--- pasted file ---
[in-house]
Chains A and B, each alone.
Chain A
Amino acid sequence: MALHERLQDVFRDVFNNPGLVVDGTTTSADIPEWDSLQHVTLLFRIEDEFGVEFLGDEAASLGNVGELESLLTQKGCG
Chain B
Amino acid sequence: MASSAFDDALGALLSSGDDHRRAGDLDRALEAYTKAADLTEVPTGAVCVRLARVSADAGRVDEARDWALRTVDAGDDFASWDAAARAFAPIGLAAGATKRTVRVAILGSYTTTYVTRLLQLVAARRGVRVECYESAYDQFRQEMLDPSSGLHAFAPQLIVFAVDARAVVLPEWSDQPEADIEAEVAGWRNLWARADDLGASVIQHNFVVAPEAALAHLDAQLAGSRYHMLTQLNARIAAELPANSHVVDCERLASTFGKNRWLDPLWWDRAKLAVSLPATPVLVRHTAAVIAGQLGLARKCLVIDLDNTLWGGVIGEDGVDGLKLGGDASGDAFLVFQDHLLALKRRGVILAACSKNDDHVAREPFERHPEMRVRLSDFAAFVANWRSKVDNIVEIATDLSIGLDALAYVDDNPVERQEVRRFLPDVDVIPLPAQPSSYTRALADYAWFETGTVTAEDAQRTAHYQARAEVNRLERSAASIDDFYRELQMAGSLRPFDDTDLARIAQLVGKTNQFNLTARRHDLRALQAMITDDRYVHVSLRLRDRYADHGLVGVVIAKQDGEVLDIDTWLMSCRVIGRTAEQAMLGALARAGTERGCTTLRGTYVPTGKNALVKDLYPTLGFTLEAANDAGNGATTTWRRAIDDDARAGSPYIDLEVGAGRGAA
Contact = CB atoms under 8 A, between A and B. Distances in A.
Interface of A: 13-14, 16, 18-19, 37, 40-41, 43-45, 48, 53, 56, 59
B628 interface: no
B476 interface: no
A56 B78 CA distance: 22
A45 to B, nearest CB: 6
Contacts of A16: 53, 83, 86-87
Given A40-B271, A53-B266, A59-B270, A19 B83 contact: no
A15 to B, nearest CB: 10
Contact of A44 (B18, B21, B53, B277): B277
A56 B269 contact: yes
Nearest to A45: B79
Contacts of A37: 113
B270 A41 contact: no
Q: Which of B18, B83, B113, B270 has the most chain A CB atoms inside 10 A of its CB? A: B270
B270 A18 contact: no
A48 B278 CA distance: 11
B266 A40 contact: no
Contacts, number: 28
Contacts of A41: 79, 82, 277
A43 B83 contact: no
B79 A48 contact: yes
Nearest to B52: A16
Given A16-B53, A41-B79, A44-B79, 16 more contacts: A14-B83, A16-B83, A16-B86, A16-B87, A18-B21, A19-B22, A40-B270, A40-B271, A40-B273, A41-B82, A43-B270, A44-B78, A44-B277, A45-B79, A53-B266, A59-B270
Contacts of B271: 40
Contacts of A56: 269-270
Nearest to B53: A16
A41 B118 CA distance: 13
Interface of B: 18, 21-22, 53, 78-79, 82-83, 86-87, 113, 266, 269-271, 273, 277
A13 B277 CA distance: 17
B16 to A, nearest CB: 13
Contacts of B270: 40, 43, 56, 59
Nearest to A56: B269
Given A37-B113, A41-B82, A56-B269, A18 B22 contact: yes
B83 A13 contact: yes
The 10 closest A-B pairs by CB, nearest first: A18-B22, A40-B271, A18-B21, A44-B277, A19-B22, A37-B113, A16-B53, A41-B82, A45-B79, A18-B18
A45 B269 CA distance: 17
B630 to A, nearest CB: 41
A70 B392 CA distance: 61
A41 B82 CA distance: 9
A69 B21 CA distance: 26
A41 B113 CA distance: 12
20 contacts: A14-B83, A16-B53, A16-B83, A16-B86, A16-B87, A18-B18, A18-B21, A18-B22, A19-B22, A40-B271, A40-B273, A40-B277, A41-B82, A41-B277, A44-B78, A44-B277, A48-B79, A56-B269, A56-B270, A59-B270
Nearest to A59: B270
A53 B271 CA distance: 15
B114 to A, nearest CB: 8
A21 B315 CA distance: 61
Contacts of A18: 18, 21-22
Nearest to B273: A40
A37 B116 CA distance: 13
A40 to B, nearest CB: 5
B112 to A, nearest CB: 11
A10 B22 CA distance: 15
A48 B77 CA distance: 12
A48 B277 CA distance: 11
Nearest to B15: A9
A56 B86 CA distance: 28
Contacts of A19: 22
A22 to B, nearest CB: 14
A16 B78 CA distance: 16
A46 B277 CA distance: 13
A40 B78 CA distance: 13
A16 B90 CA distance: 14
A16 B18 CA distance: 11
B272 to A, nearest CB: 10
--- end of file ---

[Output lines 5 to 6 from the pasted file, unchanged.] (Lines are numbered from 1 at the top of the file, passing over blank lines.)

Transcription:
Chain B
Amino acid sequence: MASSAFDDALGALLSSGDDHRRAGDLDRALEAYTKAADLTEVPTGAVCVRLARVSADAGRVDEARDWALRTVDAGDDFASWDAAARAFAPIGLAAGATKRTVRVAILGSYTTTYVTRLLQLVAARRGVRVECYESAYDQFRQEMLDPSSGLHAFAPQLIVFAVDARAVVLPEWSDQPEADIEAEVAGWRNLWARADDLGASVIQHNFVVAPEAALAHLDAQLAGSRYHMLTQLNARIAAELPANSHVVDCERLASTFGKNRWLDPLWWDRAKLAVSLPATPVLVRHTAAVIAGQLGLARKCLVIDLDNTLWGGVIGEDGVDGLKLGGDASGDAFLVFQDHLLALKRRGVILAACSKNDDHVAREPFERHPEMRVRLSDFAAFVANWRSKVDNIVEIATDLSIGLDALAYVDDNPVERQEVRRFLPDVDVIPLPAQPSSYTRALADYAWFETGTVTAEDAQRTAHYQARAEVNRLERSAASIDDFYRELQMAGSLRPFDDTDLARIAQLVGKTNQFNLTARRHDLRALQAMITDDRYVHVSLRLRDRYADHGLVGVVIAKQDGEVLDIDTWLMSCRVIGRTAEQAMLGALARAGTERGCTTLRGTYVPTGKNALVKDLYPTLGFTLEAANDAGNGATTTWRRAIDDDARAGSPYIDLEVGAGRGAA